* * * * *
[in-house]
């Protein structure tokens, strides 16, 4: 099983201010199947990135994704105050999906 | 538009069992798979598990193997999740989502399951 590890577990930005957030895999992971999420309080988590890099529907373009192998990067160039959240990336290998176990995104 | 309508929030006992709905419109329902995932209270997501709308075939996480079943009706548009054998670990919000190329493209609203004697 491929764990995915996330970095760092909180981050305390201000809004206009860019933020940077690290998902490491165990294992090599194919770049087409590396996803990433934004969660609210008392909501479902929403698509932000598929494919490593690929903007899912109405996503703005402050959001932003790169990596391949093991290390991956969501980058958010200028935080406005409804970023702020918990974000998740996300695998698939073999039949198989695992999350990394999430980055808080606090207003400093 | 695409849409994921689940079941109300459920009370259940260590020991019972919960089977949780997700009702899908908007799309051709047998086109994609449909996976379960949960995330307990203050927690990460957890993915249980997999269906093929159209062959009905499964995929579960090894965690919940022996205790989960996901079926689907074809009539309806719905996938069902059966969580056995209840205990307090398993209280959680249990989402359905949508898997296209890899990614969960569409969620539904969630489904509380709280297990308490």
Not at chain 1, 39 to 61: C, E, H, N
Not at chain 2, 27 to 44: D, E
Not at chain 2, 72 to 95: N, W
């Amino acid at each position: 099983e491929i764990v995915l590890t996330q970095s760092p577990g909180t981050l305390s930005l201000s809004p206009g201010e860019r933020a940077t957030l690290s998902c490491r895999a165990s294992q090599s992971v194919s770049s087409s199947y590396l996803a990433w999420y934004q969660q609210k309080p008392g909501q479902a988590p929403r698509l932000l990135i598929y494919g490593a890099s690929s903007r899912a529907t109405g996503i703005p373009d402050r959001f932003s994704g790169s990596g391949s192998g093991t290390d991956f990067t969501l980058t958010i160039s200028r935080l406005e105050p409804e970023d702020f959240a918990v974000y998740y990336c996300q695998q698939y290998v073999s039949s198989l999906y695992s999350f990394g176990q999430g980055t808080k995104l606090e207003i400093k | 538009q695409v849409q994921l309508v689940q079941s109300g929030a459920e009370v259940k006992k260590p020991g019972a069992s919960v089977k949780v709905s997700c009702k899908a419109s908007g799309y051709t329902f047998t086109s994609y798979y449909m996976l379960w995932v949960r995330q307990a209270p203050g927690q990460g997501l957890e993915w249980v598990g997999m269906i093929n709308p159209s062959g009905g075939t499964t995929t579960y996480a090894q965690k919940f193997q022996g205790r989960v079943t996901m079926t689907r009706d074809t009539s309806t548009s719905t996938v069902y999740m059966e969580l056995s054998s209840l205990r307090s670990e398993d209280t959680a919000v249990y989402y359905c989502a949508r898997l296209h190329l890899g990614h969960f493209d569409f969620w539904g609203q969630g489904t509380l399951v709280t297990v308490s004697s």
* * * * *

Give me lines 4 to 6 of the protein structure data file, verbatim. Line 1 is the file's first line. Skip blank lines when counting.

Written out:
Not at chain 2, 27 to 44: D, E
Not at chain 2, 72 to 95: N, W
């Amino acid at each position: 099983e491929i764990v995915l590890t996330q970095s760092p577990g909180t981050l305390s930005l201000s809004p206009g201010e860019r933020a940077t957030l690290s998902c490491r895999a165990s294992q090599s992971v194919s770049s087409s199947y590396l996803a990433w999420y934004q969660q609210k309080p008392g909501q479902a988590p929403r698509l932000l990135i598929y494919g490593a890099s690929s903007r899912a529907t109405g996503i703005p373009d402050r959001f932003s994704g790169s990596g391949s192998g093991t290390d991956f990067t969501l980058t958010i160039s200028r935080l406005e105050p409804e970023d702020f959240a918990v974000y998740y990336c996300q695998q698939y290998v073999s039949s198989l999906y695992s999350f990394g176990q999430g980055t808080k995104l606090e207003i400093k | 538009q695409v849409q994921l309508v689940q079941s109300g929030a459920e009370v259940k006992k260590p020991g019972a069992s919960v089977k949780v709905s997700c009702k899908a419109s908007g799309y051709t329902f047998t086109s994609y798979y449909m996976l379960w995932v949960r995330q307990a209270p203050g927690q990460g997501l957890e993915w249980v598990g997999m269906i093929n709308p159209s062959g009905g075939t499964t995929t579960y996480a090894q965690k919940f193997q022996g205790r989960v079943t996901m079926t689907r009706d074809t009539s309806t548009s719905t996938v069902y999740m059966e969580l056995s054998s209840l205990r307090s670990e398993d209280t959680a919000v249990y989402y359905c989502a949508r898997l296209h190329l890899g990614h969960f493209d569409f969620w539904g609203q969630g489904t509380l399951v709280t297990v308490s004697s």